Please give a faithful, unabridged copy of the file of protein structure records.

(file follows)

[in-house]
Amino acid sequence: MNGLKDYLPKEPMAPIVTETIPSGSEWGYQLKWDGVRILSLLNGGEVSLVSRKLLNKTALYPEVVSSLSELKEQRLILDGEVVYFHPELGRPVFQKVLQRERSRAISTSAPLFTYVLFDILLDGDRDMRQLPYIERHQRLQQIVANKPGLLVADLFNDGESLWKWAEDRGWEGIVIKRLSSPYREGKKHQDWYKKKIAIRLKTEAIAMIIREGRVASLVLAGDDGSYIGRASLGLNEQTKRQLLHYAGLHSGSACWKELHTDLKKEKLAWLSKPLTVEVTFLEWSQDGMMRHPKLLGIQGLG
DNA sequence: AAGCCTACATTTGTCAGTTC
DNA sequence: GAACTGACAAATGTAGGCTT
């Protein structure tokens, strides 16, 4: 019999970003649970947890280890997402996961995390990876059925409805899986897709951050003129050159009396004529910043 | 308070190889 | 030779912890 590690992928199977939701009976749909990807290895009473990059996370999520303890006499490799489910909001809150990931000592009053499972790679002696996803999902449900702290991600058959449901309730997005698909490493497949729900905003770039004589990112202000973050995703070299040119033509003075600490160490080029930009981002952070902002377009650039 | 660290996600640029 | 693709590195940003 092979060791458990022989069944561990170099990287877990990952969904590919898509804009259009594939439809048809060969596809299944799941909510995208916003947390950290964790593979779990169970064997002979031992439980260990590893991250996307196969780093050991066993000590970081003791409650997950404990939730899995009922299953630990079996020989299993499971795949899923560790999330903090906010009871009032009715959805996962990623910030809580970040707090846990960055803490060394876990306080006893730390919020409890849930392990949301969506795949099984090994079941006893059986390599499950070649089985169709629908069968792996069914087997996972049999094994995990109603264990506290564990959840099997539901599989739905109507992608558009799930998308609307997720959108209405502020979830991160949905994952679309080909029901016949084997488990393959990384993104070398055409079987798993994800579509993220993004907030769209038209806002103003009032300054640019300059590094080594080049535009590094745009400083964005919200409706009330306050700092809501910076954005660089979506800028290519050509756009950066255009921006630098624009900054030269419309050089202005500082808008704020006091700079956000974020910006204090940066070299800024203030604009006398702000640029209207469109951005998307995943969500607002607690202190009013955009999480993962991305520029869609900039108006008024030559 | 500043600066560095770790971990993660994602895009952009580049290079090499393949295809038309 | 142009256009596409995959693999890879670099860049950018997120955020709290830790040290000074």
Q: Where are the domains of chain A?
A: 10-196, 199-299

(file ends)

[in-house]
Amino acid sequence: MNGLKDYLPKEPMAPIVTETIPSGSEWGYQLKWDGVRILSLLNGGEVSLVSRKLLNKTALYPEVVSSLSELKEQRLILDGEVVYFHPELGRPVFQKVLQRERSRAISTSAPLFTYVLFDILLDGDRDMRQLPYIERHQRLQQIVANKPGLLVADLFNDGESLWKWAEDRGWEGIVIKRLSSPYREGKKHQDWYKKKIAIRLKTEAIAMIIREGRVASLVLAGDDGSYIGRASLGLNEQTKRQLLHYAGLHSGSACWKELHTDLKKEKLAWLSKPLTVEVTFLEWSQDGMMRHPKLLGIQGLG
DNA sequence: AAGCCTACATTTGTCAGTTC
DNA sequence: GAACTGACAAATGTAGGCTT
């Protein structure tokens, strides 16, 4: 019999970003649970947890280890997402996961995390990876059925409805899986897709951050003129050159009396004529910043 | 308070190889 | 030779912890 590690992928199977939701009976749909990807290895009473990059996370999520303890006499490799489910909001809150990931000592009053499972790679002696996803999902449900702290991600058959449901309730997005698909490493497949729900905003770039004589990112202000973050995703070299040119033509003075600490160490080029930009981002952070902002377009650039 | 660290996600640029 | 693709590195940003 092979060791458990022989069944561990170099990287877990990952969904590919898509804009259009594939439809048809060969596809299944799941909510995208916003947390950290964790593979779990169970064997002979031992439980260990590893991250996307196969780093050991066993000590970081003791409650997950404990939730899995009922299953630990079996020989299993499971795949899923560790999330903090906010009871009032009715959805996962990623910030809580970040707090846990960055803490060394876990306080006893730390919020409890849930392990949301969506795949099984090994079941006893059986390599499950070649089985169709629908069968792996069914087997996972049999094994995990109603264990506290564990959840099997539901599989739905109507992608558009799930998308609307997720959108209405502020979830991160949905994952679309080909029901016949084997488990393959990384993104070398055409079987798993994800579509993220993004907030769209038209806002103003009032300054640019300059590094080594080049535009590094745009400083964005919200409706009330306050700092809501910076954005660089979506800028290519050509756009950066255009921006630098624009900054030269419309050089202005500082808008704020006091700079956000974020910006204090940066070299800024203030604009006398702000640029209207469109951005998307995943969500607002607690202190009013955009999480993962991305520029869609900039108006008024030559 | 500043600066560095770790971990993660994602895009952009580049290079090499393949295809038309 | 142009256009596409995959693999890879670099860049950018997120955020709290830790040290000074």
Q: Where are the domains of chain A?
A: 10-196, 199-299